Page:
Yale students are not exceptions to national trends. College age citizens are notoriously the least likely to vote—according to the U.S. Census Bureau, less than 17 percent of eligible voters ages 18-24 voted in the congressional elections of 1998, and only 32.4 percent of the group turned out for the 1996 presidential elections. This marked the lowest point in a downward trend since 1964.

Ward 1 Alder Julio Gonzalez, CC '99, acknowledged a growing disconnect between young people and electoral politics. "I think the major political parties have not tried to mobilize youth. It is a self-perpetuating cycle because the less attention [that is] paid to youth, the less they get involved." Clark pointed to reasons why students can be apathetic towards the national campaigns. "Many of the issues do not directly affect students or they don't feel it affects them," he said.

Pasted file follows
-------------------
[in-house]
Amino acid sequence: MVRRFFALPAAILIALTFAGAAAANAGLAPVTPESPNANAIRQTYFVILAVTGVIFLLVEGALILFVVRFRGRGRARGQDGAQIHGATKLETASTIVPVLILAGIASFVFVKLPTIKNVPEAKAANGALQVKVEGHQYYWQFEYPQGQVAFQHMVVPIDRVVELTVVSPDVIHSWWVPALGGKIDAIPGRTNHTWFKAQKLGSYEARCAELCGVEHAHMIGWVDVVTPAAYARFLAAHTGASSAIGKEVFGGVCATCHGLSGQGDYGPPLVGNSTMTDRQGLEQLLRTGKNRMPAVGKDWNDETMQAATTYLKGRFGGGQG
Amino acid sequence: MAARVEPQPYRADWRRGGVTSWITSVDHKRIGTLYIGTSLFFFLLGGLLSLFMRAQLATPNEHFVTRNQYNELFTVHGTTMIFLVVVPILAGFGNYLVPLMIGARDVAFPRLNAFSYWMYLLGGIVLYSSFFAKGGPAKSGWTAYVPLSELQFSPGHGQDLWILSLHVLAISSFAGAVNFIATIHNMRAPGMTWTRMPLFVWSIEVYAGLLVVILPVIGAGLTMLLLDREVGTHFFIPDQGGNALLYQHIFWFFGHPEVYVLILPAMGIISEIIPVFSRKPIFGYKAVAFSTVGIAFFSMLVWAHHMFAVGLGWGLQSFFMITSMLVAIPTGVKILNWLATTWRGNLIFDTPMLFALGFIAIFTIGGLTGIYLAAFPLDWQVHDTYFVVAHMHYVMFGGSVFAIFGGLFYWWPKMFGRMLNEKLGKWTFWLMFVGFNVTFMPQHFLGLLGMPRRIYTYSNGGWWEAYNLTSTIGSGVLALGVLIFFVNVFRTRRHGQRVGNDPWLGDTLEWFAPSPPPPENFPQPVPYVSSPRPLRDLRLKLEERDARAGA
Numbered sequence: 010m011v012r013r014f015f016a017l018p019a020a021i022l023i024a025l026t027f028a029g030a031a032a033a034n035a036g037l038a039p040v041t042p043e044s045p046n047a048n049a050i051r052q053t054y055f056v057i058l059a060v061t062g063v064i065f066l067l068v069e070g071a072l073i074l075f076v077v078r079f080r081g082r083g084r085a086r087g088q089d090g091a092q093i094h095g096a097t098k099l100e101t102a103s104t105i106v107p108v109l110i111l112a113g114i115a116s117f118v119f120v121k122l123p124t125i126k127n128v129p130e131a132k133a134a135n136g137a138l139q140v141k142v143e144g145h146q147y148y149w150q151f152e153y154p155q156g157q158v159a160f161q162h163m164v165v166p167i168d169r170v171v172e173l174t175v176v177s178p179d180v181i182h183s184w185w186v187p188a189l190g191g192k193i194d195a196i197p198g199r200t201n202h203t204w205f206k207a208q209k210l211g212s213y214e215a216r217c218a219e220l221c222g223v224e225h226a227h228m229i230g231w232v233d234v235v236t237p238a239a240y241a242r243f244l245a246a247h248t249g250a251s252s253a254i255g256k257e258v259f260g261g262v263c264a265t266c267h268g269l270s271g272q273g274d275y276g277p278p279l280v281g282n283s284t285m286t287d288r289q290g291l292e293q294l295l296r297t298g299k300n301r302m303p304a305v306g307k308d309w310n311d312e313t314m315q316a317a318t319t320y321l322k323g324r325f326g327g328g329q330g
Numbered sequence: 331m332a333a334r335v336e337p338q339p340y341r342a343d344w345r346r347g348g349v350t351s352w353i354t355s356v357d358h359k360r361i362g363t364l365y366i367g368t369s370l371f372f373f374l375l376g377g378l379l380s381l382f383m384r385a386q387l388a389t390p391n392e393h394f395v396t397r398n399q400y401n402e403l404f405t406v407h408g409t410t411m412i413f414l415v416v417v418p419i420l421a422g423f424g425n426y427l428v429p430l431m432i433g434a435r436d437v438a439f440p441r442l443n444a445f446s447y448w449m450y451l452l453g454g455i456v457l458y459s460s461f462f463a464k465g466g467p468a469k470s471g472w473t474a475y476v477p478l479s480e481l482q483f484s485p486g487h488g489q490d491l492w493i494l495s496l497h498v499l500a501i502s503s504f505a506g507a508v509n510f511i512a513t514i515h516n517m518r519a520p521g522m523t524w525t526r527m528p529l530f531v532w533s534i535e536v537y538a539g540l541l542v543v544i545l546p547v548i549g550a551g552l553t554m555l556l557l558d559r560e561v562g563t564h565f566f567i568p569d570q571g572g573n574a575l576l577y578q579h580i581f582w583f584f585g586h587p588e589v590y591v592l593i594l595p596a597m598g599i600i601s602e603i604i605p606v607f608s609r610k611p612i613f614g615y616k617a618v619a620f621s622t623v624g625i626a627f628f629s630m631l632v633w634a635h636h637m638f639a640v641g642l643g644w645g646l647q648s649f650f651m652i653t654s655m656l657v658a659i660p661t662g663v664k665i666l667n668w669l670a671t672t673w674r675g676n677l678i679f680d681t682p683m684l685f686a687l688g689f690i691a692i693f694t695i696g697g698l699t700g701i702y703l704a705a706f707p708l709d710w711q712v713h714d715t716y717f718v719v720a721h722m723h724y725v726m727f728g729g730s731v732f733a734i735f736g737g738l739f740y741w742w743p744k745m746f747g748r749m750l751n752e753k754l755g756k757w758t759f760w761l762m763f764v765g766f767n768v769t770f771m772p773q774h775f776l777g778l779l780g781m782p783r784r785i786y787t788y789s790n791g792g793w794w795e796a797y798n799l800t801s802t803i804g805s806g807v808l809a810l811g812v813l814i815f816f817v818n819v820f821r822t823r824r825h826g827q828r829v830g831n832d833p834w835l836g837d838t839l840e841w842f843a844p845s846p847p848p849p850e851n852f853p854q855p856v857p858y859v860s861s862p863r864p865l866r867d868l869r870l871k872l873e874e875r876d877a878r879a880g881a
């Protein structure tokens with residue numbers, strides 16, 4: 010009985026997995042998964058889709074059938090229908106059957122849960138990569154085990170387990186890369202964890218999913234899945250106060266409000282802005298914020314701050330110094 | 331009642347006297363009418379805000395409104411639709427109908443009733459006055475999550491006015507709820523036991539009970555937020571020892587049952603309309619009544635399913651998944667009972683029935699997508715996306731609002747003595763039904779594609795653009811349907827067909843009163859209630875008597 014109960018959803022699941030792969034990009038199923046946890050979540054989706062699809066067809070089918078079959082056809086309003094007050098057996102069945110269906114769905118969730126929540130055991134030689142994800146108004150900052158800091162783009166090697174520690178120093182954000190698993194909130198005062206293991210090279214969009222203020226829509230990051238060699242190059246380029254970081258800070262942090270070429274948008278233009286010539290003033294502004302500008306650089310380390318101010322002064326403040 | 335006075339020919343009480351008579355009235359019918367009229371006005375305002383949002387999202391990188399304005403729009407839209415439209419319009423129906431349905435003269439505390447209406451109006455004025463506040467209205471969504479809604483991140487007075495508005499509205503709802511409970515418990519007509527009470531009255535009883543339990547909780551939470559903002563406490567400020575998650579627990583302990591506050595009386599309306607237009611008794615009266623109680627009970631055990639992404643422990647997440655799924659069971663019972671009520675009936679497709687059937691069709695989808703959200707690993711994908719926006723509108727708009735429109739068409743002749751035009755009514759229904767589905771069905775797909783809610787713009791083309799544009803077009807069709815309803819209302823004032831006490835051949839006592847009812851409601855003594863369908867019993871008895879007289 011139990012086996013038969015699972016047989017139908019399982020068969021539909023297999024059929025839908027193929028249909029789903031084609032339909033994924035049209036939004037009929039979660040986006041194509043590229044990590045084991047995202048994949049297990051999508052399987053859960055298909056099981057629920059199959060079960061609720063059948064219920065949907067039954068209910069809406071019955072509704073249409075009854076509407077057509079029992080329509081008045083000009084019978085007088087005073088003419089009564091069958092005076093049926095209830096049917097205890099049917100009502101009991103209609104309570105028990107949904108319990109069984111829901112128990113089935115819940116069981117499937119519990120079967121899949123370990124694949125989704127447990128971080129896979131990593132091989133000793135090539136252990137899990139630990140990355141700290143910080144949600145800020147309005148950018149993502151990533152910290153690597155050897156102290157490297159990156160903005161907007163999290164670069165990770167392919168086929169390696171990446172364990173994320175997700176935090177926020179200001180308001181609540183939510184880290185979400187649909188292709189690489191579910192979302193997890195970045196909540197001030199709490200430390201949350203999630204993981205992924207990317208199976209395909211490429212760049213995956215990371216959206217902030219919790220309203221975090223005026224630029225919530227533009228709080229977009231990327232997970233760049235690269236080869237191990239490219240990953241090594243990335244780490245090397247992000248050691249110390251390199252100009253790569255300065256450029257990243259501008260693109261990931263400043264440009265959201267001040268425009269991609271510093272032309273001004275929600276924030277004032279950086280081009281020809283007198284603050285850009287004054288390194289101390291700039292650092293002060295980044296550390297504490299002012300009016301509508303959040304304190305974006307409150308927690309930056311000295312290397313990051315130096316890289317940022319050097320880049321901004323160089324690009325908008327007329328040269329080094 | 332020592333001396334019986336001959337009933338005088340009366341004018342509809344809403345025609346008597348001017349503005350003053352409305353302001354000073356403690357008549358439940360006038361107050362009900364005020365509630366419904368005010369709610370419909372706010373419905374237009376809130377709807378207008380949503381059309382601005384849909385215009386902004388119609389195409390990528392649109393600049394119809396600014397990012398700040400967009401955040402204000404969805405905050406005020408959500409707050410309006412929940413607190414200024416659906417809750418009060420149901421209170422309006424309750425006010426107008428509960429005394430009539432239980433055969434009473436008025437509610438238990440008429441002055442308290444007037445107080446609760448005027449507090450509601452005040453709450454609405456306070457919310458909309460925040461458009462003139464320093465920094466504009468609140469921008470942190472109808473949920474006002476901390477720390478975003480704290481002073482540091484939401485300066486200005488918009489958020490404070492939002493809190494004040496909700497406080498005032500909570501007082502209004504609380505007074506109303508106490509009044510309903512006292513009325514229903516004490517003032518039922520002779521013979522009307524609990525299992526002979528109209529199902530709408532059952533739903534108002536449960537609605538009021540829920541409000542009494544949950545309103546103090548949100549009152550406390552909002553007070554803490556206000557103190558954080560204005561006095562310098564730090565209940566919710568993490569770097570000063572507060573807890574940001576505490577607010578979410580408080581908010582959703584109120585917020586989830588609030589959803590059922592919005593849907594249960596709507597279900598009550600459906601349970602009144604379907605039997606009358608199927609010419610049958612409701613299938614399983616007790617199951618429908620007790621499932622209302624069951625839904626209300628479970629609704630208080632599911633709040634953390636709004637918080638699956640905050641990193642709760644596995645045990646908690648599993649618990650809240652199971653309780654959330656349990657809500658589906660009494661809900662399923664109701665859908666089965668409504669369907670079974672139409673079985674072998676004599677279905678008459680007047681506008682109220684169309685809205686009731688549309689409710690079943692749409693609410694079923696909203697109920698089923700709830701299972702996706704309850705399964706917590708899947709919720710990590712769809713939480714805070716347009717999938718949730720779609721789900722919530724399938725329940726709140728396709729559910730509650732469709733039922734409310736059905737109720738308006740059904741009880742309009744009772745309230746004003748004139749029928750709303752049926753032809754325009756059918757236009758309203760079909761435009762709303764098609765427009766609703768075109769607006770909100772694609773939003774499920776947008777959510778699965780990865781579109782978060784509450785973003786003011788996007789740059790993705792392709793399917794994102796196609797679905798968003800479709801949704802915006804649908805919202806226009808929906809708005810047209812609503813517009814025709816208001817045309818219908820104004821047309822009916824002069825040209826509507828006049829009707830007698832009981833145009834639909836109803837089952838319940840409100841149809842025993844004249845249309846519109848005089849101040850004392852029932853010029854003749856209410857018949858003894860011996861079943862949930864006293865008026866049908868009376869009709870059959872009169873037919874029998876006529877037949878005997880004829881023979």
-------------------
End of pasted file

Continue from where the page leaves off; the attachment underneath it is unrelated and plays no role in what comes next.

State Senator Toni Harp, who represents the 10th district, which includes New Haven and West Haven, also warned against this sentiment. In a speech to the Dems on Mon., Oct. 30, she explained why issues like prescription drugs and Social Security are important for youth. "Guess who's going to be the major taxpayer when the system needs to be fixed? You have the most vested interest in what's at stake."

Yale students also take a unique twist of apathy in the form of a detached intellectualism. They are engaged in the ideas surrounding this election, but are not active participants. "It is such a Yale thing to do to follow the intellectual debate but not actually do anything," Rob Smuts, SM '01, chair of Stand Up and Vote and Vice President of the Yale College Democrats, said. "For instance, they discuss why voter participation is declining but [do] not actually go out and register people to vote. It's important to understand the intellectual reasons, but it's more important to do something about it."

Moving towards awareness